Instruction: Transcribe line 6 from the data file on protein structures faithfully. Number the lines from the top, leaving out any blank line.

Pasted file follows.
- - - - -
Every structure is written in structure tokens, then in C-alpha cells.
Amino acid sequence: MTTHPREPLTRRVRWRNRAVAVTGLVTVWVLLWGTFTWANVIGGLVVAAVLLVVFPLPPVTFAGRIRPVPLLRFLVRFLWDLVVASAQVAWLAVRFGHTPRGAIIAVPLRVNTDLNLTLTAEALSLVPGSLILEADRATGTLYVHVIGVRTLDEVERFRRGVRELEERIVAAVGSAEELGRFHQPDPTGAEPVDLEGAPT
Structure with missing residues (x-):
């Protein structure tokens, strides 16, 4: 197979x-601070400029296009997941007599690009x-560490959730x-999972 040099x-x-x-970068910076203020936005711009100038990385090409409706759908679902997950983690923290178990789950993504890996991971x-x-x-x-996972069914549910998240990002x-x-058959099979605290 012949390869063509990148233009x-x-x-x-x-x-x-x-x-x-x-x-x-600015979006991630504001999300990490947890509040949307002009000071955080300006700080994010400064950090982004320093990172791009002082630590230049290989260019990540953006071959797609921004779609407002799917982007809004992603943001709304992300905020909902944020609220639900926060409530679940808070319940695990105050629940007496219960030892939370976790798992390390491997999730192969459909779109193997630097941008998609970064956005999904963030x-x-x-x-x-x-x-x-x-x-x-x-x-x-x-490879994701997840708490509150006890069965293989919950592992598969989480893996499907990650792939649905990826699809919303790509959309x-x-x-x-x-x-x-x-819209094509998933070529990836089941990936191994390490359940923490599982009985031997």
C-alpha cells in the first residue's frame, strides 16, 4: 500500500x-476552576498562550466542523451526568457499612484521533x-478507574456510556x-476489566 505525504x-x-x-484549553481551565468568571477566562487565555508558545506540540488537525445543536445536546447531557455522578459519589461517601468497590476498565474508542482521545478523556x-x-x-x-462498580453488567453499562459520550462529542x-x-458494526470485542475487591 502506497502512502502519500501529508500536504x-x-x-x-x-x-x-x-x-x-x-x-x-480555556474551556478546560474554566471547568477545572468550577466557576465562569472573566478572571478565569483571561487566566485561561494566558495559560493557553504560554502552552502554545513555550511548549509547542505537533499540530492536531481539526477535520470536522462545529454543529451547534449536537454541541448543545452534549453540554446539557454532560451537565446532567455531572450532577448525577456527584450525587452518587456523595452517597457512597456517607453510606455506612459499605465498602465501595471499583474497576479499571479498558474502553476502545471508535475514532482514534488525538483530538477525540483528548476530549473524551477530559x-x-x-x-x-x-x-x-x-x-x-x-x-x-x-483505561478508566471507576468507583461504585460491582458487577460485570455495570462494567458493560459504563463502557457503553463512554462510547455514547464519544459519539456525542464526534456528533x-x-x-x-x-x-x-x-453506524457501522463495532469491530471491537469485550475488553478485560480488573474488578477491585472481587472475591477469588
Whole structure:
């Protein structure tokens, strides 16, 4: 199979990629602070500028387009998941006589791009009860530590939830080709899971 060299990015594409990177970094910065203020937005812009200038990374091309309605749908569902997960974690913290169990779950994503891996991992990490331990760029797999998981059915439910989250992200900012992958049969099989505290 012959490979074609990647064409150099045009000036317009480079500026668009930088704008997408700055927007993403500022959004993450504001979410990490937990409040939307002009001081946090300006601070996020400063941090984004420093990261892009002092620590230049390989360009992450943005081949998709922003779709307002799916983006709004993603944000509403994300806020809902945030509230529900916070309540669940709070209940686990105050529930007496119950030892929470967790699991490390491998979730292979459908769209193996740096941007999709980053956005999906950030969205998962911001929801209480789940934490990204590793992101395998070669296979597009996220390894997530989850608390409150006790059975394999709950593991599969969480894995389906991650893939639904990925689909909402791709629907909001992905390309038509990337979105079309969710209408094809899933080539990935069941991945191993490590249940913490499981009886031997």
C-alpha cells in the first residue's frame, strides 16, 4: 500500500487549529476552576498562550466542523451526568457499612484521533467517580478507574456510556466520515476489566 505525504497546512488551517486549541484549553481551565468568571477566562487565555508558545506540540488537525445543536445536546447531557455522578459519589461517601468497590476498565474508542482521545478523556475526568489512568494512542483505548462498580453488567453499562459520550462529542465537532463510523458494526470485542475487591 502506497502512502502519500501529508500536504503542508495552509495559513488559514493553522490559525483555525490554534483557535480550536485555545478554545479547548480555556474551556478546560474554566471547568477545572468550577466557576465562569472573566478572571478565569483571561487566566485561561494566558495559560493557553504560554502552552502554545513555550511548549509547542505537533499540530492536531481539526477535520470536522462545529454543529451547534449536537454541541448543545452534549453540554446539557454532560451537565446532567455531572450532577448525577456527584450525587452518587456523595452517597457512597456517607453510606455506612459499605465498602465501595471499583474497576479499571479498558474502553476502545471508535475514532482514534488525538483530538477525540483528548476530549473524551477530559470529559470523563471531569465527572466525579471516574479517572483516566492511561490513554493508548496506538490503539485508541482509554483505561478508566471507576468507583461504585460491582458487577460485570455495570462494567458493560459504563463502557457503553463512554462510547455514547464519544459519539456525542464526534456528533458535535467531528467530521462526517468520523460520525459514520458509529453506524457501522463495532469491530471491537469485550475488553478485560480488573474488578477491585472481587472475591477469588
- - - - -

Whole structure: